These historic properties offer grandeur along with comfort and space, both indoors and out.

It’s an upmarket home-from-home experience, but with the cosseting that comes with experienced staff who know just what their guests seek.

• Kalinda Juneja is CEO at Pride of Britain Hotels

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No room to breathe in crammed terminals by Steph Spyro

Holidaymakers hoping to get away yesterday said they were crammed into airport terminals with “no room to breathe”.

Passengers at Bristol Airport described queues stretching outside the doors.

William Stone, who was flying from Bristol to Menorca with Jet2, said there were “far too many people in the airport’s terminal”.

He added: “The amount of people in the airport this morning was completely ridiculous. No room to breathe! Baggage drop was out the terminal door.”

Passenger Danny Harris called it the “worst experience ever”. Traveller Gary Cooper compared the airport to being “like a zoo”. The airport, which has launched a recruitment drive to fill 150 vacancies, apologised and said its service “fell short” yesterday.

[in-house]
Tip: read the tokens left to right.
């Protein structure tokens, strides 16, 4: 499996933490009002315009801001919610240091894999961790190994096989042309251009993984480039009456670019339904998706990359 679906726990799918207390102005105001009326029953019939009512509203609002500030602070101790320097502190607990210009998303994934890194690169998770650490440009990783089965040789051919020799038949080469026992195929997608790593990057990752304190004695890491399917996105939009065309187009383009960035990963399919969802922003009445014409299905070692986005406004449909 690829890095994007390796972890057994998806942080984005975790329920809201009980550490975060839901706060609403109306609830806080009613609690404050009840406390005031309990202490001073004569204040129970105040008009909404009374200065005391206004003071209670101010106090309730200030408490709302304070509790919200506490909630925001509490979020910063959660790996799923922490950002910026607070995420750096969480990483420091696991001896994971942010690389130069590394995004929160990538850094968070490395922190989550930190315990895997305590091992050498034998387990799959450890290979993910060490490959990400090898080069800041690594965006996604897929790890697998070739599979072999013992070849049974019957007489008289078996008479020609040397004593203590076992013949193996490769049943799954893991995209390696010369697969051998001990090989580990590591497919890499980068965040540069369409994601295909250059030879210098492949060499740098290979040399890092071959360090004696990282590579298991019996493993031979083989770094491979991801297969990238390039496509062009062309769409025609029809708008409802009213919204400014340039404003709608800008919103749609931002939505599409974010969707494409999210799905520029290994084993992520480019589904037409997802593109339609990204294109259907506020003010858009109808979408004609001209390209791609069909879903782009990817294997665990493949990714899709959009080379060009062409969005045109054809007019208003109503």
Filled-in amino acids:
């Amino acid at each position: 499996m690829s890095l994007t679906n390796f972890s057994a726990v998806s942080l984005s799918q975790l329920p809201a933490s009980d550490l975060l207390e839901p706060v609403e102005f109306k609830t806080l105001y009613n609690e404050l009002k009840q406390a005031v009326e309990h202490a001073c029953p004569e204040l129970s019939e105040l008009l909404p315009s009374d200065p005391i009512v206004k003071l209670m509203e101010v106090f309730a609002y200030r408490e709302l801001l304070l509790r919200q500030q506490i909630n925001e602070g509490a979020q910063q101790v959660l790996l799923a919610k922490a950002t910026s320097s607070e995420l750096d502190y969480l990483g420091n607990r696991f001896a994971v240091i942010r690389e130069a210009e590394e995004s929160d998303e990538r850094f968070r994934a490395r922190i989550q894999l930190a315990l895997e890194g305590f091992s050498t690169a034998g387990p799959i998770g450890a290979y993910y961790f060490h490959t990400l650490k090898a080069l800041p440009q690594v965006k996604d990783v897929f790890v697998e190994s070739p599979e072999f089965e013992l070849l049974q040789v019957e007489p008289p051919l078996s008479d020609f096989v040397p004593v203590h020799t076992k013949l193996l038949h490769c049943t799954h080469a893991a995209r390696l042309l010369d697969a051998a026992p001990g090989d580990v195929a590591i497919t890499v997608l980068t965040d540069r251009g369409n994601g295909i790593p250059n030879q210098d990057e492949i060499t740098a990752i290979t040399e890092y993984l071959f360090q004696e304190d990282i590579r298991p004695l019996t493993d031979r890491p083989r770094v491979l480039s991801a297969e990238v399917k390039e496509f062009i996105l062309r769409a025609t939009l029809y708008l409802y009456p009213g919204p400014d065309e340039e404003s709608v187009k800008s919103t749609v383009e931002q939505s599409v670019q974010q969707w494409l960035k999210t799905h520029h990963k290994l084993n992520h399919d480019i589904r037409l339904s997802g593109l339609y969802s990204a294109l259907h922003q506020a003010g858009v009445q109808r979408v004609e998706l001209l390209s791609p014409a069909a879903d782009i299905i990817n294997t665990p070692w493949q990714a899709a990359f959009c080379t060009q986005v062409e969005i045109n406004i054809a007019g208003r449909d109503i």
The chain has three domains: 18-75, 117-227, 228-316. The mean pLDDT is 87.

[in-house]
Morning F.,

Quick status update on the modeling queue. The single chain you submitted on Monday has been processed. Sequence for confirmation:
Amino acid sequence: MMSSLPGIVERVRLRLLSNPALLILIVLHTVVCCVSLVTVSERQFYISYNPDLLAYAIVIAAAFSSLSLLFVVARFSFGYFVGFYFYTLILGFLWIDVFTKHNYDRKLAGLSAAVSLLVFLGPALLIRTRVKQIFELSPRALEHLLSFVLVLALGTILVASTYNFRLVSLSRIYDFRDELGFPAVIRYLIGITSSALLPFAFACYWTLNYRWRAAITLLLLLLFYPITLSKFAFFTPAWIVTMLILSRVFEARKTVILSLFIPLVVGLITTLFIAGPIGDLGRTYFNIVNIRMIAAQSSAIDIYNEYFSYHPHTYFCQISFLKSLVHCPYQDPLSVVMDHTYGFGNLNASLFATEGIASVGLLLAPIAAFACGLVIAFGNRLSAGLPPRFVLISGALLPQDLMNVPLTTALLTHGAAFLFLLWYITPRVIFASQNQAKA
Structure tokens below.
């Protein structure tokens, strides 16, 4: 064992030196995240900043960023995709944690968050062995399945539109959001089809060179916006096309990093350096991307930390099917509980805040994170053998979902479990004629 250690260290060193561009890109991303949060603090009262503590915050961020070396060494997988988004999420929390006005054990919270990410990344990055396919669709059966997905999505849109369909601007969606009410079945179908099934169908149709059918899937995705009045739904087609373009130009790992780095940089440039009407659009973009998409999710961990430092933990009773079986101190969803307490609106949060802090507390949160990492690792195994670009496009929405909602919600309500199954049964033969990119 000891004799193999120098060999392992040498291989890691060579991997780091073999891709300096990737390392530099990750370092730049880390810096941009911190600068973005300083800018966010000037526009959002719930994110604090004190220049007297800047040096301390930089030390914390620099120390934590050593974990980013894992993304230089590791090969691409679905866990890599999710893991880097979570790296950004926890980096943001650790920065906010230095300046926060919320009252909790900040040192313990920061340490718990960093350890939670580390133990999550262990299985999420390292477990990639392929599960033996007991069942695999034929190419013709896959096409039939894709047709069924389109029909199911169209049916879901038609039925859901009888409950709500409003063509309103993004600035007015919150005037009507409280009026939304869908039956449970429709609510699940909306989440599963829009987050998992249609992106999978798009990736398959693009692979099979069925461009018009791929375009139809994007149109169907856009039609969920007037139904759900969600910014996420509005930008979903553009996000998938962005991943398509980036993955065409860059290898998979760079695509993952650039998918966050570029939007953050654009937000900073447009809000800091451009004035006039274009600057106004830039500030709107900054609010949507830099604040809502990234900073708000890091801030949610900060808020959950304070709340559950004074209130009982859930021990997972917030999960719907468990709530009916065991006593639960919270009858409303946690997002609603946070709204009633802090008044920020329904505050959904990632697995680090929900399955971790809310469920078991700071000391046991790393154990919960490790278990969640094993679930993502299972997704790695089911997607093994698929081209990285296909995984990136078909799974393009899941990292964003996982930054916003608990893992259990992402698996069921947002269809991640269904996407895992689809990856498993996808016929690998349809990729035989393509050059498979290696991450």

Airports across Britain have issued apologies in recent weeks as they struggle with winding queues at check-in, baggage collection and security.

The main delays happen before 6am.

Flight cancellations have also contributed to the chaos, with easyJet axing another 72 flights yesterday. Most of the cancellations are to and from the airline’s main base, London Gatwick.

Britain’s biggest budget airline is currently cancelling around 30 flights a day on average at a few days’ notice because of staff shortages. British Airways is cancelling more than 100 European departures each day but passengers are being warned weeks in advance. Other airlines have cancelled flights just hours before take-off.

All passengers whose flights are cancelled are entitled to new flights on the original day of departure if a seat is available, even if it is on a rival airline.

Rory Boland, editor of Which? Travel, said: “If a flight is cancelled, airlines must offer compensation where applicable and the option of rerouting with a rival carrier, if necessary.

“The Government and Civil Aviation Authority must intervene where airlines are ignoring their legal obligations.”